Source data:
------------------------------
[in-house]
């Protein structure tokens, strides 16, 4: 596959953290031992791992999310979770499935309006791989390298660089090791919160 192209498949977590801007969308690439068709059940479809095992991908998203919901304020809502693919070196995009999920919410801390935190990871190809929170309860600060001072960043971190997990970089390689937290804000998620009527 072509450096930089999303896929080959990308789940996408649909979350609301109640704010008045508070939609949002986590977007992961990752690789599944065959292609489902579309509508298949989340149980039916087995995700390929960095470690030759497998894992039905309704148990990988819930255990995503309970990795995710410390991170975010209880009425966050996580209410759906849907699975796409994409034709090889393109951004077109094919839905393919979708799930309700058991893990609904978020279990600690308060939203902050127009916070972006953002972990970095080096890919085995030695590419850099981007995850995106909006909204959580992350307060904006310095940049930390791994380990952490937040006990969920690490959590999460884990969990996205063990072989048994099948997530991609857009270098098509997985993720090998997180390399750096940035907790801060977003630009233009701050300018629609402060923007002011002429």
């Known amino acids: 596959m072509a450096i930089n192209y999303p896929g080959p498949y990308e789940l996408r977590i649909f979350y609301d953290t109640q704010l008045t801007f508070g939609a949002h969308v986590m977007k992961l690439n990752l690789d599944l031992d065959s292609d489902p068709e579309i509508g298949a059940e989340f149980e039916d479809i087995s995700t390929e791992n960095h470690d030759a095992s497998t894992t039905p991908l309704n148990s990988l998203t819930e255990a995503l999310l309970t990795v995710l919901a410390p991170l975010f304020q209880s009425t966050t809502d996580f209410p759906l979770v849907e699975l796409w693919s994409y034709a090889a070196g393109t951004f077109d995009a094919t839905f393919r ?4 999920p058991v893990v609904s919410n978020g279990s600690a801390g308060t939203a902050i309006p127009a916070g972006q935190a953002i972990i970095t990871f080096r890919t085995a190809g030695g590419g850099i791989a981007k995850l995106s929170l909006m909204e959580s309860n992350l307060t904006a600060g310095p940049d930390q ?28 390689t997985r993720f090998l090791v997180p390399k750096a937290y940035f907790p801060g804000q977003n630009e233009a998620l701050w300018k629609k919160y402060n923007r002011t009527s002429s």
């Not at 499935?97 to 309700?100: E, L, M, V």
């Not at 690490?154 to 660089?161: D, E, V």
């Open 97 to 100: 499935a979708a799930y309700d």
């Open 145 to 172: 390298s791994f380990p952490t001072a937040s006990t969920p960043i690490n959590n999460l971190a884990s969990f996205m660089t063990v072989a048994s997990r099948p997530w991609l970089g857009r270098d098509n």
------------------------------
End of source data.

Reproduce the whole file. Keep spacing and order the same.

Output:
[in-house]
């Protein structure tokens, strides 16, 4: 596959953290031992791992999310979770499935309006791989390298660089090791919160 192209498949977590801007969308690439068709059940479809095992991908998203919901304020809502693919070196995009999920919410801390935190990871190809929170309860600060001072960043971190997990970089390689937290804000998620009527 072509450096930089999303896929080959990308789940996408649909979350609301109640704010008045508070939609949002986590977007992961990752690789599944065959292609489902579309509508298949989340149980039916087995995700390929960095470690030759497998894992039905309704148990990988819930255990995503309970990795995710410390991170975010209880009425966050996580209410759906849907699975796409994409034709090889393109951004077109094919839905393919979708799930309700058991893990609904978020279990600690308060939203902050127009916070972006953002972990970095080096890919085995030695590419850099981007995850995106909006909204959580992350307060904006310095940049930390791994380990952490937040006990969920690490959590999460884990969990996205063990072989048994099948997530991609857009270098098509997985993720090998997180390399750096940035907790801060977003630009233009701050300018629609402060923007002011002429």
């Known amino acids: 596959m072509a450096i930089n192209y999303p896929g080959p498949y990308e789940l996408r977590i649909f979350y609301d953290t109640q704010l008045t801007f508070g939609a949002h969308v986590m977007k992961l690439n990752l690789d599944l031992d065959s292609d489902p068709e579309i509508g298949a059940e989340f149980e039916d479809i087995s995700t390929e791992n960095h470690d030759a095992s497998t894992t039905p991908l309704n148990s990988l998203t819930e255990a995503l999310l309970t990795v995710l919901a410390p991170l975010f304020q209880s009425t966050t809502d996580f209410p759906l979770v849907e699975l796409w693919s994409y034709a090889a070196g393109t951004f077109d995009a094919t839905f393919r ?4 999920p058991v893990v609904s919410n978020g279990s600690a801390g308060t939203a902050i309006p127009a916070g972006q935190a953002i972990i970095t990871f080096r890919t085995a190809g030695g590419g850099i791989a981007k995850l995106s929170l909006m909204e959580s309860n992350l307060t904006a600060g310095p940049d930390q ?28 390689t997985r993720f090998l090791v997180p390399k750096a937290y940035f907790p801060g804000q977003n630009e233009a998620l701050w300018k629609k919160y402060n923007r002011t009527s002429s």
């Not at 499935?97 to 309700?100: E, L, M, V």
């Not at 690490?154 to 660089?161: D, E, V």
């Open 97 to 100: 499935a979708a799930y309700d």
């Open 145 to 172: 390298s791994f380990p952490t001072a937040s006990t969920p960043i690490n959590n999460l971190a884990s969990f996205m660089t063990v072989a048994s997990r099948p997530w991609l970089g857009r270098d098509n």